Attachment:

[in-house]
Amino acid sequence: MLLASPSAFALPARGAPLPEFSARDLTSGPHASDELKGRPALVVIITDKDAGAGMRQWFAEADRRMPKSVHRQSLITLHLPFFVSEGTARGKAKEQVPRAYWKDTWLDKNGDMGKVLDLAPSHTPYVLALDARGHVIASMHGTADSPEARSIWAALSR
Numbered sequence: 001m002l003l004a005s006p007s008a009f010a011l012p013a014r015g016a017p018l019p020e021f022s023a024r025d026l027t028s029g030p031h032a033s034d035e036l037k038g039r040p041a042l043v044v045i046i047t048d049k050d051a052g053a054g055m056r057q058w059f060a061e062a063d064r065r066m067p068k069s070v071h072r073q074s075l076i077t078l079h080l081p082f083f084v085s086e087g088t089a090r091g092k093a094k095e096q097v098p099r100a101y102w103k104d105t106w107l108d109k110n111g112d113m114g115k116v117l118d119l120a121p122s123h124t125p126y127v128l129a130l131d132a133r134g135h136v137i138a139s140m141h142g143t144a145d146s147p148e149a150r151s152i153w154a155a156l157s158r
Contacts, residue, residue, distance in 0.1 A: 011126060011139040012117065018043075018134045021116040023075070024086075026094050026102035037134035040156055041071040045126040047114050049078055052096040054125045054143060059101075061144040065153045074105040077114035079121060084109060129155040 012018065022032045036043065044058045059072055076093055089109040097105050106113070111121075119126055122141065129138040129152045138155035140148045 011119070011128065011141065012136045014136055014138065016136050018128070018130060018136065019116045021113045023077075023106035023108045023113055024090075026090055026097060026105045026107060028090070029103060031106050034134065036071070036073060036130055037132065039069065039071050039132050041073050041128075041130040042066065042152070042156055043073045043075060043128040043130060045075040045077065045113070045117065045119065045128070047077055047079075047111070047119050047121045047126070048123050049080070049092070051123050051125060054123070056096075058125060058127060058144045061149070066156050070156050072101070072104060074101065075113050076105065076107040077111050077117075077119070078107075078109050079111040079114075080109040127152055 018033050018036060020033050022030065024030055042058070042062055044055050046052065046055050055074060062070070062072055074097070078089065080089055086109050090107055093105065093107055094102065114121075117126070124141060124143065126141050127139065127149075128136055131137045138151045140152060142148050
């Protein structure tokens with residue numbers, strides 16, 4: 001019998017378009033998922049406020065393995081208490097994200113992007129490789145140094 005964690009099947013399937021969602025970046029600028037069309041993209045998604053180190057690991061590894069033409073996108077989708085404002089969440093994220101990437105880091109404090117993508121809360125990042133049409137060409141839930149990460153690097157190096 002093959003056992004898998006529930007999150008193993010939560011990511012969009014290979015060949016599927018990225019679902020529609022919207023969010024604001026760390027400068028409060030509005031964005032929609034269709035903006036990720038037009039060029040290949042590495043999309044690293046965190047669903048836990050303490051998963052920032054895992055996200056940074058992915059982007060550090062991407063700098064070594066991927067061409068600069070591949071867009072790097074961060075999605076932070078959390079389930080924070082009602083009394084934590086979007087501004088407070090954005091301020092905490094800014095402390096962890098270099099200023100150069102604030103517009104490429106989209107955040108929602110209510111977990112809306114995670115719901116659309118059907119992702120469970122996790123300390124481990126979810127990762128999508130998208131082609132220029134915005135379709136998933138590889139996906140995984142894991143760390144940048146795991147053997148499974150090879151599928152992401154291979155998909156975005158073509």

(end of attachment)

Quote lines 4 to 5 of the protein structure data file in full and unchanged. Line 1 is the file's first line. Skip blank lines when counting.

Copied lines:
Contacts, residue, residue, distance in 0.1 A: 011126060011139040012117065018043075018134045021116040023075070024086075026094050026102035037134035040156055041071040045126040047114050049078055052096040054125045054143060059101075061144040065153045074105040077114035079121060084109060129155040 012018065022032045036043065044058045059072055076093055089109040097105050106113070111121075119126055122141065129138040129152045138155035140148045 011119070011128065011141065012136045014136055014138065016136050018128070018130060018136065019116045021113045023077075023106035023108045023113055024090075026090055026097060026105045026107060028090070029103060031106050034134065036071070036073060036130055037132065039069065039071050039132050041073050041128075041130040042066065042152070042156055043073045043075060043128040043130060045075040045077065045113070045117065045119065045128070047077055047079075047111070047119050047121045047126070048123050049080070049092070051123050051125060054123070056096075058125060058127060058144045061149070066156050070156050072101070072104060074101065075113050076105065076107040077111050077117075077119070078107075078109050079111040079114075080109040127152055 018033050018036060020033050022030065024030055042058070042062055044055050046052065046055050055074060062070070062072055074097070078089065080089055086109050090107055093105065093107055094102065114121075117126070124141060124143065126141050127139065127149075128136055131137045138151045140152060142148050
């Protein structure tokens with residue numbers, strides 16, 4: 001019998017378009033998922049406020065393995081208490097994200113992007129490789145140094 005964690009099947013399937021969602025970046029600028037069309041993209045998604053180190057690991061590894069033409073996108077989708085404002089969440093994220101990437105880091109404090117993508121809360125990042133049409137060409141839930149990460153690097157190096 002093959003056992004898998006529930007999150008193993010939560011990511012969009014290979015060949016599927018990225019679902020529609022919207023969010024604001026760390027400068028409060030509005031964005032929609034269709035903006036990720038037009039060029040290949042590495043999309044690293046965190047669903048836990050303490051998963052920032054895992055996200056940074058992915059982007060550090062991407063700098064070594066991927067061409068600069070591949071867009072790097074961060075999605076932070078959390079389930080924070082009602083009394084934590086979007087501004088407070090954005091301020092905490094800014095402390096962890098270099099200023100150069102604030103517009104490429106989209107955040108929602110209510111977990112809306114995670115719901116659309118059907119992702120469970122996790123300390124481990126979810127990762128999508130998208131082609132220029134915005135379709136998933138590889139996906140995984142894991143760390144940048146795991147053997148499974150090879151599928152992401154291979155998909156975005158073509």